Cadet Cotterill

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Sec Def Hagel presents his budget plan to the House of Representatives

Sequestration It's not uncommon in conversations around the detachment and with other cadets that the word, "sequester" presents itself. But what exactly does the word entail? Most know that it involves the federal budget, and it's not hard to guess by the context that it involves reduction in funds, but few know the reason or nature of the budget cuts. The sequester, as its colloquially come to be known, is a set of automatic spending cuts to the US federal budget put in place by the Budget Control Act of 2011.

Courtesy: Air Force

As designed, the cuts are projected to trim a total $1.2 Trillion from federal spending, spread evenly between 2013 and 2021, with half coming from defense spending and half from discretionary domestic spending. The Congressional Budget Office has estimated that defense spending will rise at a gradual rate of 2.1% through 2023, but fall from a share of 4.3% of US GDP to 2.8% by 2023. As a result of these projections, the Air Force produced a plan in 2012 to cut 7,400 guard and reserve positions as well as 4,200 active-

duty slots by 2017. However, this quickly became politically unpopular and was changed to slash 6,100 active duty airmen, while cutting only 1,400 guardsmen and 1,900 reservists. Given the winding down of conflicts in Afghanistan and Iraq as well as uncertainty in the projected defense budget in the coming years, the Air Force will have to continue to be flexible in its response to these changing circumstances.

-Cadet Cotterill

CSAF General Welsh speaks about force reduction to congress Courtesy: Air Force Times

Force Reduction The word "downsizing," is rarely a word that anyone wants to hear. It’s ugly connotation is merited as it often results in personnel release and unexpected career changes. Last December the House voted on a budget agreement that would relieve 25,000 airmen and 550 aircraft. Sequestration's most immediate impacts took place in 2013. Under the agreement, defense spending in the current 2014 fiscal year would be capped at $520.5 billion, up from the current level of $498.1 billion. In fiscal 2015, the amount would be capped at $521.4 billion, up from $512 billion. Here are a few effects of the budget plan: FLYING TIME: With the budget cuts taking place immediately, the Air Force will need to reduce flying hours by 18 percent. Critical missions, deterrence, and Air Force One will be spared, however training flights, public shows, and other national engagements are to be cut. FURLOUGH DAYS & HIRING: Any temporary or permanent employee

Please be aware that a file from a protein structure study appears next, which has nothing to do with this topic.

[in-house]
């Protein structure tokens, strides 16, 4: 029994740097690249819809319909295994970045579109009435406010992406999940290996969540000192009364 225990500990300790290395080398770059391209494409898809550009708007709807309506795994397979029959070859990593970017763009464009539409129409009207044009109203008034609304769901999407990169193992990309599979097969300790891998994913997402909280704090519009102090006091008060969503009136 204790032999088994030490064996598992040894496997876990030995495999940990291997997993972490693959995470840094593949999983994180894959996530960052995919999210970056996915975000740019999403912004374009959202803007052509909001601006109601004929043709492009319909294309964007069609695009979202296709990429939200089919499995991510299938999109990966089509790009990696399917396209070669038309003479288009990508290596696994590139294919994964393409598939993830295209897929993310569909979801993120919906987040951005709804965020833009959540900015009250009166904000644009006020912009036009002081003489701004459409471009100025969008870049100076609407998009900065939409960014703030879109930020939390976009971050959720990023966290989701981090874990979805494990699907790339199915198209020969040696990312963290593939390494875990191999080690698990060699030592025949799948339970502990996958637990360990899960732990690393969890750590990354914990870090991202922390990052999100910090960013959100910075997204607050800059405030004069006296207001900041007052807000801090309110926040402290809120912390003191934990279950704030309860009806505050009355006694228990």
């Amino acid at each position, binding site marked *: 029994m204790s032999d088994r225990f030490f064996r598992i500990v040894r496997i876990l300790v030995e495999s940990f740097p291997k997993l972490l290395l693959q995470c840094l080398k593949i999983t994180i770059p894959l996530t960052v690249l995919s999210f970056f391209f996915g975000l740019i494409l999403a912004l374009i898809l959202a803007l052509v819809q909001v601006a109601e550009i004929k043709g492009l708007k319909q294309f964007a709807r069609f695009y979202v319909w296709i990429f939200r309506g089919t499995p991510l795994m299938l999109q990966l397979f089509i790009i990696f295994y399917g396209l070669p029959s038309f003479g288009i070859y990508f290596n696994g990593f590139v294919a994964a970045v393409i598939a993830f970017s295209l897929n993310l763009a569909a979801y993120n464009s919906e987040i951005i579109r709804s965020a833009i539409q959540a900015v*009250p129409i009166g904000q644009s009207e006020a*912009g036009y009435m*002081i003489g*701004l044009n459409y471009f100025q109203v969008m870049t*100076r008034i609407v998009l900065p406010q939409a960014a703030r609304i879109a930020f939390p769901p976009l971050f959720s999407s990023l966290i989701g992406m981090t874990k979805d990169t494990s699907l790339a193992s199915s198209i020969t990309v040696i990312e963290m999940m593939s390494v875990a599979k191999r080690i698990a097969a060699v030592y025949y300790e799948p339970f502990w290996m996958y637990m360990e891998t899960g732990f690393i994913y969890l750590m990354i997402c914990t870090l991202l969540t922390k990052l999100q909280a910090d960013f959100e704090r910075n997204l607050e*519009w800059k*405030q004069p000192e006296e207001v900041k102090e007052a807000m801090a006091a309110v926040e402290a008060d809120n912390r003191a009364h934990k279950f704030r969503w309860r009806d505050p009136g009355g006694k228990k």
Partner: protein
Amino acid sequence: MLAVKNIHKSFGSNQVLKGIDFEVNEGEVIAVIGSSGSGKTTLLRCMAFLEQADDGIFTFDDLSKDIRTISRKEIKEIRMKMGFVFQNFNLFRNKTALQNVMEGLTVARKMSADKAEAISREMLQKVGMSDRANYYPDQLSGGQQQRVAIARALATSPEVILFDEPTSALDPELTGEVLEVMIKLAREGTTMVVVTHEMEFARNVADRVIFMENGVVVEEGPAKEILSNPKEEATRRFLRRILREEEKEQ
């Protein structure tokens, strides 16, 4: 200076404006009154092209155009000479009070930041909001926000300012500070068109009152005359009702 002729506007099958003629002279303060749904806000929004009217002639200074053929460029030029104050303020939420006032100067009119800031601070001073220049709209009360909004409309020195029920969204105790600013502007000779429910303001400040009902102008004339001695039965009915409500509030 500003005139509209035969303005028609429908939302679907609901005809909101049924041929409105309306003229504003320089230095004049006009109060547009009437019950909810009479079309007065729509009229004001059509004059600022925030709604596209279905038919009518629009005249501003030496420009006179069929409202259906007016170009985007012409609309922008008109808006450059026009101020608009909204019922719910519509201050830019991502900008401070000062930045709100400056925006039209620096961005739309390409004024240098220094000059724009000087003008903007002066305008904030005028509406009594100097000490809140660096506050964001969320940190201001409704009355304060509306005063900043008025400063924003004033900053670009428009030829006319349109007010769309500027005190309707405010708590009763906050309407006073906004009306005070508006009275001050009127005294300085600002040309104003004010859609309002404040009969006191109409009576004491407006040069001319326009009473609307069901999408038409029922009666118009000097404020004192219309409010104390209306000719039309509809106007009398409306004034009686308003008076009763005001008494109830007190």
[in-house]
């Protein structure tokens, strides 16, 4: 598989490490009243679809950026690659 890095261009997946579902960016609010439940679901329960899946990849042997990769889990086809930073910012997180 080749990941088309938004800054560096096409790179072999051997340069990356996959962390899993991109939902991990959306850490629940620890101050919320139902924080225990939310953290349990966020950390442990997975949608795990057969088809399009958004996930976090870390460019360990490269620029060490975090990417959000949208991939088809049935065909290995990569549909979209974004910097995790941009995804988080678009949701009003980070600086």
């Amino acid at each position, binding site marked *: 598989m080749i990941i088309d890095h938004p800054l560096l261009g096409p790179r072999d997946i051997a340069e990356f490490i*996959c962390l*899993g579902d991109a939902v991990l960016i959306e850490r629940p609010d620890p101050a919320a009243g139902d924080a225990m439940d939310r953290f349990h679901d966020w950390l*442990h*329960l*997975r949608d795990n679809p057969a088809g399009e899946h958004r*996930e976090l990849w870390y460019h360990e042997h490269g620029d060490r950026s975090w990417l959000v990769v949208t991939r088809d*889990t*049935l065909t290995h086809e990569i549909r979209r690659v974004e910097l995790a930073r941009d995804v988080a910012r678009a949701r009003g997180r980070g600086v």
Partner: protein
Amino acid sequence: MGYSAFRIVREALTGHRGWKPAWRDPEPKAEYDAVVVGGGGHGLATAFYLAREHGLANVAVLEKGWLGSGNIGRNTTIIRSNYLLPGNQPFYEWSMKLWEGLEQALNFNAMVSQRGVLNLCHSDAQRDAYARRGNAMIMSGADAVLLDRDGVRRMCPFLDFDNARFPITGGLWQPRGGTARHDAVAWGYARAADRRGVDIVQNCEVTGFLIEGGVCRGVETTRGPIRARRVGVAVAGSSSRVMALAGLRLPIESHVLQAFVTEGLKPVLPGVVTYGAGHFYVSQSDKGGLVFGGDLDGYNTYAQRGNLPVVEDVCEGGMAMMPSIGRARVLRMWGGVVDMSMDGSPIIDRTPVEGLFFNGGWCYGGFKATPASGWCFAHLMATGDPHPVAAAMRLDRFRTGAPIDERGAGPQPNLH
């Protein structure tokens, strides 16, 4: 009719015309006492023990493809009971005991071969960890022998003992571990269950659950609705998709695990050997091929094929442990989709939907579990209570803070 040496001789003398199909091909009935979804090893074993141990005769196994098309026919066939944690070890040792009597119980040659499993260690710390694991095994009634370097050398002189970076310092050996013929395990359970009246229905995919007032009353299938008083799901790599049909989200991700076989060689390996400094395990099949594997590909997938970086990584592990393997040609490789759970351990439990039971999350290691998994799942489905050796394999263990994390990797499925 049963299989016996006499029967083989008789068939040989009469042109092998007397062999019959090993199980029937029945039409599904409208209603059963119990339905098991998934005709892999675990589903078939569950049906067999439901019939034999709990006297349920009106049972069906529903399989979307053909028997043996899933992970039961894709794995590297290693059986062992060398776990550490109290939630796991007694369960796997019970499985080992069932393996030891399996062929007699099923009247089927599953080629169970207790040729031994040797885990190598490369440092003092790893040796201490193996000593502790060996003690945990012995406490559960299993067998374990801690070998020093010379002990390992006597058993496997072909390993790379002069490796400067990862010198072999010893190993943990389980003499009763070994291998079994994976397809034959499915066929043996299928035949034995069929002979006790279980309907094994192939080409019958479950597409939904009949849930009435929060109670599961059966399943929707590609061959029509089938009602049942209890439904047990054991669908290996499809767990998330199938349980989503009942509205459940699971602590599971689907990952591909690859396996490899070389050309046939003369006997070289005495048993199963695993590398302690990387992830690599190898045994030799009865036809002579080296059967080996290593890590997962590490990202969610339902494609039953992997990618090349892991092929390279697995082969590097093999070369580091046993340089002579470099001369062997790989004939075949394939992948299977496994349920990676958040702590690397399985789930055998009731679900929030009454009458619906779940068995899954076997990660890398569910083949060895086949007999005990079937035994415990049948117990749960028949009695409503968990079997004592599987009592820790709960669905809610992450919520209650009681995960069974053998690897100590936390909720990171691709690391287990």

that is deemed not mission critical will be released. REPAIRS ON HOLD: There will be a one-third reduction in the budget upgrades and repairs for older planes. Aircraft including-the B-52 Bomber, A-10 close-attack aircraft, C-130 transport, and F-15 fighter—will no longer get as much care and attention. FUTURE PROGRAMS & EQUIPMENT: Future modernization now faces further cuts and delays. Examples include the new bomber program, new UAVs, and communication technologies. SURVEILLANCE & COMMUNICATION: Space and ground radar surveillance will be reduced from 24 hours per day to only 8 hours. Defense Satellite Communications will be cut by 75%. In addition, some contracted ROTC cadets have been offered early release, without obligation to pay back scholarships. Specifically, cadets slated to serve in the following fields have been offered release from their service commitments:

■ 13M Airfield Operations ■ 14N Intelligence ■ 17D Cyberspace Operations ■ 21A Aircraft Maintenance ■ 21M Munitions and Missile Maintenance ■ 21R Logistics Readiness ■ 31P Security Forces ■ 35P Public Affairs ■ 38P Personnel ■ 63A Acquisition ■ 64P Contracting General Welsh in a message to all Airmen said, ”What sequestration does essentially for the Air Force is it gives us a dilemma: Do we keep near-term readiness or do we fund long-term modernization and capability in the future? That's the balance we're trying to walk." Through these rough times he reminds us that mission readiness will always remain our top priority.

-Cadet Nakawatase


Contributors

Upcoming Events Arnold Air Society Social: Paintball

C/1st Lt. Robinson

C/3C Cotterill

C/3C Nunez

C/3C Rueda

C/4C Mistry

C/4C Nakawatase

Giant Paintball Park Lakeside, Wildcat Canyon Road, Lakeside, CA, United State

Combat Leadership Panel 5 March 2014

Bowling Social Aztec Lanes (SDSU-First floor of Aztec Student Union)

Do you have a story to share? Something to say? Raptor staff would love to hear from you! Send us a letter, a picture, an article, or anything you find interesting and it may find its way into the next edition of the The Raptor. Shoot us an email and we’ll make sure to get back to you.

The Raptor February 2014